The pedicel prickles, the veining on the petals, and the deep green leaves are all directing my thoughts to something like 'Mevrouw G. A. Van Rossem' or a relation of that rose. I am in the middle of adding references for Mevrouw and note that there are a couple of other similar roses mentioned that you might like to investigate.
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Reply #11 of 13 posted 16 AUG 16 by VictoriaRosa
No, I don't Right now, my Lundy isn't doing so well--I don't think it likes our Oregon climate as well as California, plus, I'm afraid I've let some other plants encroach on it. Which is all to say I don't have a lot to look at right now. It has never grown very well for me; I'll have to decide whether to keep it. Orange Ruffels, on the other hand, I've had for many years now, and while it stays small it is quite healthy and a reliable bloomer.
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Reply #12 of 13 posted 28 APR by goncmg
Helen Hayes!!! It just came to me! You were on target! The clustering, the confused centers, the bright glossy foliage, the colors and variable coloration, the narrow leaf. Possible differences with number of thorns. But Michael Garhart I think you are have cracked the code here re: Brownell blood.
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Reply #13 of 13 posted 29 APR by Deborah Petersen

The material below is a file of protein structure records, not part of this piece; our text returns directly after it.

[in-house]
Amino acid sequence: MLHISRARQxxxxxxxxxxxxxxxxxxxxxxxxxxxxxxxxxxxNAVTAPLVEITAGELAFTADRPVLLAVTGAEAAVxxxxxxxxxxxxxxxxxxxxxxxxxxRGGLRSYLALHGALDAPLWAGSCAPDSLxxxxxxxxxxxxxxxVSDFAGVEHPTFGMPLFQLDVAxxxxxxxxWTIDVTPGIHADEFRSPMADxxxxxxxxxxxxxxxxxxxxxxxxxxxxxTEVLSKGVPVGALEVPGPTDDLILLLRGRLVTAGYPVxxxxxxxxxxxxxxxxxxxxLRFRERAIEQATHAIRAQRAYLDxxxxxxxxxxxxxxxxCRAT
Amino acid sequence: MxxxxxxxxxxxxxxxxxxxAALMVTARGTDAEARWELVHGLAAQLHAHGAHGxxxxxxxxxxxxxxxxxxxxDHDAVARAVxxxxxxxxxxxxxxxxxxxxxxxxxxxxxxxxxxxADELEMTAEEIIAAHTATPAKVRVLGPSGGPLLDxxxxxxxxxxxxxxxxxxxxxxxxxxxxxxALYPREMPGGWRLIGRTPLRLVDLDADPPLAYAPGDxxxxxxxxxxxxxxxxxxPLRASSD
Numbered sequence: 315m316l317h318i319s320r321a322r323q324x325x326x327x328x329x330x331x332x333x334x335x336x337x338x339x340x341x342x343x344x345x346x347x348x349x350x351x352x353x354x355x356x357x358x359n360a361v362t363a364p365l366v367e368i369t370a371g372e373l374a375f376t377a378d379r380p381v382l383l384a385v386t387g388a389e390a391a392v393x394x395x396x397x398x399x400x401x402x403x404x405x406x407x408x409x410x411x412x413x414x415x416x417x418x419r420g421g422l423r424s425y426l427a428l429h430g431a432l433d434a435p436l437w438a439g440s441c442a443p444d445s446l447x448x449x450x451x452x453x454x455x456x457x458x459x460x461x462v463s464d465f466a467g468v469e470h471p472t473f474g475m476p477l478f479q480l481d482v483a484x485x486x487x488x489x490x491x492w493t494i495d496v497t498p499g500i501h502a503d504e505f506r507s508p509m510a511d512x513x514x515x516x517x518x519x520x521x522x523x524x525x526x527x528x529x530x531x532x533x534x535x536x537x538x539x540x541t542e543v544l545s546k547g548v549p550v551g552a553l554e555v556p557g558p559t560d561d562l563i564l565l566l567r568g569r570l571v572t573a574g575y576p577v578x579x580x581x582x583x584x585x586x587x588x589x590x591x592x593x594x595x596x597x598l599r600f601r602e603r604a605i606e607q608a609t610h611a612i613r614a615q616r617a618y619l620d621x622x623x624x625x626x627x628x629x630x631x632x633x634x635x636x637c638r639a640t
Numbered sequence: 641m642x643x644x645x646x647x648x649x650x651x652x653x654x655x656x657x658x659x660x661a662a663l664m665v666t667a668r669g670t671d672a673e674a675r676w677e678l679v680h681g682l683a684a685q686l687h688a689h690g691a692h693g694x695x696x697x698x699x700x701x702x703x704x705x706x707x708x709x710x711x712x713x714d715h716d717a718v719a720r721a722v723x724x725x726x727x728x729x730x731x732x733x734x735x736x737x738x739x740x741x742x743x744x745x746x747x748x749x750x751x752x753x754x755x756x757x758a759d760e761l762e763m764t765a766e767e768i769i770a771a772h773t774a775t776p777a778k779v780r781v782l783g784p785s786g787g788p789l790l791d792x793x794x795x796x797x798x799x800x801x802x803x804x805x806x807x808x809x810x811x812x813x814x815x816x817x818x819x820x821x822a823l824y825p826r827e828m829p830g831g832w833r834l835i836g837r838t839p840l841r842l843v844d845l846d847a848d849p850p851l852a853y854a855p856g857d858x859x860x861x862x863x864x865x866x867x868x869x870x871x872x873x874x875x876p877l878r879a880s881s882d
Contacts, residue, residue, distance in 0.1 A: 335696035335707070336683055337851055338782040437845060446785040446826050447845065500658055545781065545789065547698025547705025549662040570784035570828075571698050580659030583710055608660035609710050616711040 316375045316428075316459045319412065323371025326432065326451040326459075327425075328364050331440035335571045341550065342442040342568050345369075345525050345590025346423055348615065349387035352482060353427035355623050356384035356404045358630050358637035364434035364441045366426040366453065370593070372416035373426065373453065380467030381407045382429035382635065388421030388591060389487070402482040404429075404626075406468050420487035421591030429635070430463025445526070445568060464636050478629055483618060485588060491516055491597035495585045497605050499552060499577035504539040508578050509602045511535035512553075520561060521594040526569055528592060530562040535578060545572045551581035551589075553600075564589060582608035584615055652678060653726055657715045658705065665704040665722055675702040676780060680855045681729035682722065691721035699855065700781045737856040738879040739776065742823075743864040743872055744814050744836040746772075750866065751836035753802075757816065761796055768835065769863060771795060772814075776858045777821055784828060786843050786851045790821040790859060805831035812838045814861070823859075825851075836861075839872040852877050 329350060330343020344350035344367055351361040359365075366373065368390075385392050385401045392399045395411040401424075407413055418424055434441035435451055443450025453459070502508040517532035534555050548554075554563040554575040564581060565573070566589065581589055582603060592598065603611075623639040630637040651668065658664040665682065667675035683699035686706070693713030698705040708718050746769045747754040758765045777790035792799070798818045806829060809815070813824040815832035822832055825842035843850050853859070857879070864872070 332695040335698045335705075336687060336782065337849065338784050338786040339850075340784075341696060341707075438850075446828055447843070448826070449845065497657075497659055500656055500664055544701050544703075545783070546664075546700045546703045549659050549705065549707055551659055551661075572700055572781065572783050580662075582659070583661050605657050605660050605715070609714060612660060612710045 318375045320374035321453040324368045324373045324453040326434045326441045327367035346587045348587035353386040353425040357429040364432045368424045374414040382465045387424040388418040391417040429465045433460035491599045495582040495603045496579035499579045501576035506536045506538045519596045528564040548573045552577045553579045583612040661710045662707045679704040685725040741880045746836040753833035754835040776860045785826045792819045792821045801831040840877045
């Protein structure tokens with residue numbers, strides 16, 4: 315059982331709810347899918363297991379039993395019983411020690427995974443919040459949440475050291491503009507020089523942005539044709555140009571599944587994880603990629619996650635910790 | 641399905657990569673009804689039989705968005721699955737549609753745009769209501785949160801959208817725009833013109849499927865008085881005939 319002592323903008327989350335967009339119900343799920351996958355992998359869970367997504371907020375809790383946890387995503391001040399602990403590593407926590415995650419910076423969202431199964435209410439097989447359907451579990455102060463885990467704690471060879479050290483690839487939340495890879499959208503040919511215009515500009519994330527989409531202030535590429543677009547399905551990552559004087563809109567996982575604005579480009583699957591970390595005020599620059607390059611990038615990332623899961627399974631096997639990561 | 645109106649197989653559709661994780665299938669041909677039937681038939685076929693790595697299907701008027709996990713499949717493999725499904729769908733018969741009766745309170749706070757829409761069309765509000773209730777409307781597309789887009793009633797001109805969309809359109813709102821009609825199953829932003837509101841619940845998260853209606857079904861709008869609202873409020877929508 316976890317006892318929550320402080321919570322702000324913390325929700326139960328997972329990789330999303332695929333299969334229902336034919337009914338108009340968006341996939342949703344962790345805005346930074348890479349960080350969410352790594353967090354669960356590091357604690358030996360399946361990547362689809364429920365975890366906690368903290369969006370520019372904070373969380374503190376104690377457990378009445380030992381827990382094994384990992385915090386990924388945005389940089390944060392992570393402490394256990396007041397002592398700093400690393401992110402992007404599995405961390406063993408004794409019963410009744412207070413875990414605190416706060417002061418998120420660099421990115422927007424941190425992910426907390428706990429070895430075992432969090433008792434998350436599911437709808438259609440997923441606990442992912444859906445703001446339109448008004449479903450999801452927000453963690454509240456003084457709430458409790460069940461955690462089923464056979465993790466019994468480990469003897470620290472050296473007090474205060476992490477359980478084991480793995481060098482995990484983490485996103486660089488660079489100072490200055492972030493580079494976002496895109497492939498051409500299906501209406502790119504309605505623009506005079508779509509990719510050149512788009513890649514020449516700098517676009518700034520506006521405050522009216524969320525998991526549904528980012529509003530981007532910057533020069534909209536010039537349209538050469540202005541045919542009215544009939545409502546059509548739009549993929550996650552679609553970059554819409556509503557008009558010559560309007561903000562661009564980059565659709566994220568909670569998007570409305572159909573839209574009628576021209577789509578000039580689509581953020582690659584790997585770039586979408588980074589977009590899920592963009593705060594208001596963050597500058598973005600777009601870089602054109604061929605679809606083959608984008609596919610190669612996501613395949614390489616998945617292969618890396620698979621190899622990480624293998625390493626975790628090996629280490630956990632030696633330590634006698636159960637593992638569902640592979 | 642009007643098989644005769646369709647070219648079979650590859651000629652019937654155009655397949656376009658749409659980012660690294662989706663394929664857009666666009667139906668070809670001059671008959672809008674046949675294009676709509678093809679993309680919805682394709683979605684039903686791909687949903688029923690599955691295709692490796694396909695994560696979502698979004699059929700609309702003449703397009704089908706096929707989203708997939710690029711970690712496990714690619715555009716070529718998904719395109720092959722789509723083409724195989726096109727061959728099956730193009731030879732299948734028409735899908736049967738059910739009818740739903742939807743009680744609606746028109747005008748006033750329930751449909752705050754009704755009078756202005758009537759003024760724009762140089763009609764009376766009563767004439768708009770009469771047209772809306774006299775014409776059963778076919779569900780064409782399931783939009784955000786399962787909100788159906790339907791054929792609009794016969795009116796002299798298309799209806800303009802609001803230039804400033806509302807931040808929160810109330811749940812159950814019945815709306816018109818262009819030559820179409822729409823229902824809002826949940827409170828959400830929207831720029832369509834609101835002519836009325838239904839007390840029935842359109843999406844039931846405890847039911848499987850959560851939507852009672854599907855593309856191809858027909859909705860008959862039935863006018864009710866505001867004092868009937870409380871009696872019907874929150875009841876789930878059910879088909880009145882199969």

I think Michael Gerhart may have cracked the code, too -- this rose seems very much in the Brownell style, and very much like 'Helen Hayes', if maybe not quite. Vintage did offer 'Helen Hayes' at the same time they were offering this rose, so presumably they could/would have compared them... In their catalog, Vintage describes this rose as having "abundant apple-green foliage" and 'Helen Hayes' as having "glossy olive-brown foliage" (not quite sure what THAT is), but the 'Helen Hayes' foliage in Margaret Furness' photo of it at Ruston's seems very much like the foliage my Lundy's shows (and I wouldn't say either "apple-green" or "olive-brown" -- just a nice deep, shiny green).
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most recent 28 APR HIDE POSTS
 
Initial post 28 APR by goncmg
I think the found rose ‘Lundy Lane Yellow’ might be Helen Hayes.
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most recent 25 MAR SHOW ALL
 
Initial post 30 JUL by goncmg
Striking coloration, raspberry caramel comes to mind. Very small plant, very small blooms even in mild temperatures of early spring. Blooms are coming in clusters as own root plant slowly develops. About the size of a miniflora this one is and I’m not happy about that. I’m also getting blackspot on this variety, 1 of 3 out of 70 that have it. I’m holding off making a “cut” here but the color alone won’t save it. I’m not a grower of minis and minifloras that’s the big deal breaker. Then there is the blackspot…….I’ll hold off until end of the year, will give it a full season but so far other than color it doesn’t appeal to me nor is it a good fit for my collection.
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Reply #1 of 2 posted 25 MAR by Matthew 0rwat
Probably needs to be grafted/budded
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Reply #2 of 2 posted 25 MAR by goncmg
I think I’ll try that as I do still have mine. I put it with the floribundas I grow and it fits in a lot better with them. The plant has gotten healthier and it does seem happy and eager. It remains very small scale with lots of clusters.